IoT Devices in the Home

Today’s blog is just a quick update on home security. As a security professional, one of the most common questions I get from friends and family revolves around concerns they have from smart devices, or Internet of Things (IoT) devices, in their home. Should they be worried about their smart lock on their front door or the smart thermostat that has recently been in the news? Let’s just take a quick review of what you should do with IoT devices in the home.

The first thing to realize is that IoT devices are always constrained by one of three things: power, size, and cost. In general, these devices are made to be small, cheap, and often use batteries that don’t need to be changed constantly (like the door sensors as part of your alarm system). Additionally, like any new technology, IoT devices are usually rushed into production to be the newest and coolest thing on the market. As a result of these factors, security is often an afterthought if a thought at all for IoT devices in the home.

Luckily, this is starting to change. With the constant news coverage of IoT hacks, and increased attention from consumers, security is starting to be a priority. Additionally, the IoT Security Foundation, founded in 2015, is starting to gain traction, and is publishing all sorts of guidelines and best practices for IoT devices. Triaxiom has seen an increase in IoT Penetration Testing requests, which also shows an increased attention. So it looks like we are heading in the right direction, but there is still some cause for concern and there are a few simple steps you should take.

First, separate the IoT devices from the rest of your home network. Most, wireless routers have the ability to set-up multiple SSIDs these days. Some only have two, one designed for a guest network and one for a home network, but others, especially the more advanced ones, have the ability to set up as many as four. If you have the capability to use four SSIDs, for example, consider creating a dedicated IoT wireless network and placing all of your IoT devices on that SSID. If there are only two SSIDs, put the IoT devices on your guest network (bonus points if you can turn on client isolation). This way, if somehow one of the devices gets compromised, they are on a completely separate network from things your laptop and other sensitive devices.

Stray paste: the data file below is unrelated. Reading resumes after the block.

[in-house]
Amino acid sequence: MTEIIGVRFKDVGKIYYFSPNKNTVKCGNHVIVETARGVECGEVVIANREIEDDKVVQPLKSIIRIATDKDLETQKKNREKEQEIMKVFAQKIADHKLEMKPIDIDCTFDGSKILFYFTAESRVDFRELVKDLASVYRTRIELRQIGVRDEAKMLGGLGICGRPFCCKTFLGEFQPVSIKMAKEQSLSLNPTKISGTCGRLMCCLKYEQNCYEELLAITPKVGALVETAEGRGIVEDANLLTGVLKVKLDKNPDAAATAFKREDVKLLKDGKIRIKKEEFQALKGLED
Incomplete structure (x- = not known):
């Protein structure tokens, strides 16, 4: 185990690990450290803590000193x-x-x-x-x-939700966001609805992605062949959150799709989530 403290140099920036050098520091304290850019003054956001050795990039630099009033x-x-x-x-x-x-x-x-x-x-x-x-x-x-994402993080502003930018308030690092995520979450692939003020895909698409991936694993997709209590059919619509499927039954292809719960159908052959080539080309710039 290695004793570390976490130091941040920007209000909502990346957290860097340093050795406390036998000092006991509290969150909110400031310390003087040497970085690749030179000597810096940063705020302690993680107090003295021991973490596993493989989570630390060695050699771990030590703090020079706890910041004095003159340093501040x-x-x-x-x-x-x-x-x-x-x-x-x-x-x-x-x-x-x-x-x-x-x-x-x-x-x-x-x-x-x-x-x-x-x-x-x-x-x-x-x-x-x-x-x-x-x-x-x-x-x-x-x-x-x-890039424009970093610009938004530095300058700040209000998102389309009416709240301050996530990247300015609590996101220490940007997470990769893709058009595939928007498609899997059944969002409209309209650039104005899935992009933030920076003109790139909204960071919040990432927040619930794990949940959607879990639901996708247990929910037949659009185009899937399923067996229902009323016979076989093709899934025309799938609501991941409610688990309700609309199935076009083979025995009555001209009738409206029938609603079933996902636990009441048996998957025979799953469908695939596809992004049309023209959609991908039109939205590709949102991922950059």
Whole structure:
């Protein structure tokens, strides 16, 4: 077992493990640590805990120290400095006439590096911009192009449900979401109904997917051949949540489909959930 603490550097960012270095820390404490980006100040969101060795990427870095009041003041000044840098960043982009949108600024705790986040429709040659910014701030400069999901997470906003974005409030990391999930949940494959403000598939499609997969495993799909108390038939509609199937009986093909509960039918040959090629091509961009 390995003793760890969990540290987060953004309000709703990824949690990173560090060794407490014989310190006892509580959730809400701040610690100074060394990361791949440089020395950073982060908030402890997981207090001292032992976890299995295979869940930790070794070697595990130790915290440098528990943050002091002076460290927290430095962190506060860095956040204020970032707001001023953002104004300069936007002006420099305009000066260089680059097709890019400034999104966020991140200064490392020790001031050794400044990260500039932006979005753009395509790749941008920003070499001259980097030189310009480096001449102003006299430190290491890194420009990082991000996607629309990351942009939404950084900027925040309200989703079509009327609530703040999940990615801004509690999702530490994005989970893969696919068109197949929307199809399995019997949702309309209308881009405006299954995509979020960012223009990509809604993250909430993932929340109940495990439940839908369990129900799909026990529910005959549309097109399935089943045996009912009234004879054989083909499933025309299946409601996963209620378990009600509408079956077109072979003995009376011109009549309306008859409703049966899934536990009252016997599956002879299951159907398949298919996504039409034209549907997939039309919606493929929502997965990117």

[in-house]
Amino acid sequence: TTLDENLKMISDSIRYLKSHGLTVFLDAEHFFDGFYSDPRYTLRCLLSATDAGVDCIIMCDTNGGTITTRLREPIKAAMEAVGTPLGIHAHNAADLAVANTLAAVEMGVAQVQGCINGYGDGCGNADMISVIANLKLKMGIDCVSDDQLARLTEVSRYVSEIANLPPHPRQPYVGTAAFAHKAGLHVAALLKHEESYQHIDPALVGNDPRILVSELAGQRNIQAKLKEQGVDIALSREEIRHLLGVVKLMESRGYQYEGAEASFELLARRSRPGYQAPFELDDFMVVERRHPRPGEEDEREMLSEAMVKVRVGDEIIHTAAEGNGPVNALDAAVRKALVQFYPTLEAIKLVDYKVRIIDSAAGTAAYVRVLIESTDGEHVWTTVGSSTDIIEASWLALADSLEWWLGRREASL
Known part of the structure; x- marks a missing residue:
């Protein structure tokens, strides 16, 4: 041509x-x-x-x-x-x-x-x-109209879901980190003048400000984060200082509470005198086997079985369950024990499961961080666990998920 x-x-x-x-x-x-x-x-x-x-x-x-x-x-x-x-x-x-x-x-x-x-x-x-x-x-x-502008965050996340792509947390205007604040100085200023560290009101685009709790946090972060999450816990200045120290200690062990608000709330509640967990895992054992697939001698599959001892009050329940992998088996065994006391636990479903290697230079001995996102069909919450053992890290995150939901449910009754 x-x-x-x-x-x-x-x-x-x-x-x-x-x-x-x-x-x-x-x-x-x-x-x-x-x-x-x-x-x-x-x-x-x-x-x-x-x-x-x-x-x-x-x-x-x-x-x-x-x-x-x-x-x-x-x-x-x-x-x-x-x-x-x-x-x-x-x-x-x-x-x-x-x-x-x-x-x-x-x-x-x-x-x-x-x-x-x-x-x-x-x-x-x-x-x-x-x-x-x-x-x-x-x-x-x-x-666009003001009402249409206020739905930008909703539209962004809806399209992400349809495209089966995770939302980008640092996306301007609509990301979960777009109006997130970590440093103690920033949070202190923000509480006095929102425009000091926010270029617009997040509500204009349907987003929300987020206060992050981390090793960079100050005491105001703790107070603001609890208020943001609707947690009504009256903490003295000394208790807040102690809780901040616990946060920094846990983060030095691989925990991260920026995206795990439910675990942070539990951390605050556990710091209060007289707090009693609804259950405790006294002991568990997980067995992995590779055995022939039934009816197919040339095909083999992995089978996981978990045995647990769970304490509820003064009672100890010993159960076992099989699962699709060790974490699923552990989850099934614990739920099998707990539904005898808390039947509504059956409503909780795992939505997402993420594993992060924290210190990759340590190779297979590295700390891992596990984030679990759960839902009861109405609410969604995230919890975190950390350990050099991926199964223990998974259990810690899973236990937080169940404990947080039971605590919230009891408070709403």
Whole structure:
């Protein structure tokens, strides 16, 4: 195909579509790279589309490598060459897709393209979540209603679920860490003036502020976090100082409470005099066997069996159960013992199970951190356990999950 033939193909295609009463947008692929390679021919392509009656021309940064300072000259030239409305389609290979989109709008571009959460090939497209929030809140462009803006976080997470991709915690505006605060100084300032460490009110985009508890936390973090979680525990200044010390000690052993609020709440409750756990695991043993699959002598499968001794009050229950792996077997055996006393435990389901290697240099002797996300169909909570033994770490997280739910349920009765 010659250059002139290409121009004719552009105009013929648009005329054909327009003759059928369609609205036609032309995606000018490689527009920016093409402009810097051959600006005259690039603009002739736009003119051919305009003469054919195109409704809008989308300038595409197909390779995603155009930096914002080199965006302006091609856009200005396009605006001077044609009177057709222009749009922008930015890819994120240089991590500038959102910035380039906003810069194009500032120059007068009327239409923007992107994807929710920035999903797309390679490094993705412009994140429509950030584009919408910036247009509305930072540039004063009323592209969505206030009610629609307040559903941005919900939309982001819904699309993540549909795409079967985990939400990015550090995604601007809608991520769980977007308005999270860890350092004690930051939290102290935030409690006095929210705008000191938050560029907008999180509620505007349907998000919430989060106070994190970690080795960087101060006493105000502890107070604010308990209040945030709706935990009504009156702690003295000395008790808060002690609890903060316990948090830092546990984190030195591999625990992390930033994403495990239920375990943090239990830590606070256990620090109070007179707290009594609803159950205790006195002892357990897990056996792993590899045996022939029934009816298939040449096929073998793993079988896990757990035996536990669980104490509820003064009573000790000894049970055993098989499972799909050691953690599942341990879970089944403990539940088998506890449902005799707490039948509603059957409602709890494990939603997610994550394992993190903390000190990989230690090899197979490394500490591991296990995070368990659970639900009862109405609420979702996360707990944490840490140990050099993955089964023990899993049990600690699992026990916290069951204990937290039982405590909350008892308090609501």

Second, take a risk based approach. When I am considering a smart light bulb that is going to be on an IoT network, I do not particularly care if a hacker can access it. Although, it would be pretty creepy for it to randomly turn on. However, if I am buying a baby monitor or a smart fridge that I am going to integrate with my calendar, etc, I probably care a lot more. For the devices you care about or that can have a significant impact on your personal security, do some research. What steps have they taken for security? How do they protect your privacy? Do they support things like Multi-Factor Authentication? Here is a hint, if you are researching and not finding anything, assume there is no security!

Finally, keep an inventory of the devices and particular models you have, and periodically search for vulnerabilities associated with those devices or monitor public news sources. A quick google search for “Nest Thermostat Model Number XXXX Vulnerabilities” will show you any recent news coverage associated with that version and any security vulnerabilities that have been publicly disclosed. Again, for any vulnerability you find, go back to our risk based approach. How big of a deal is it to you?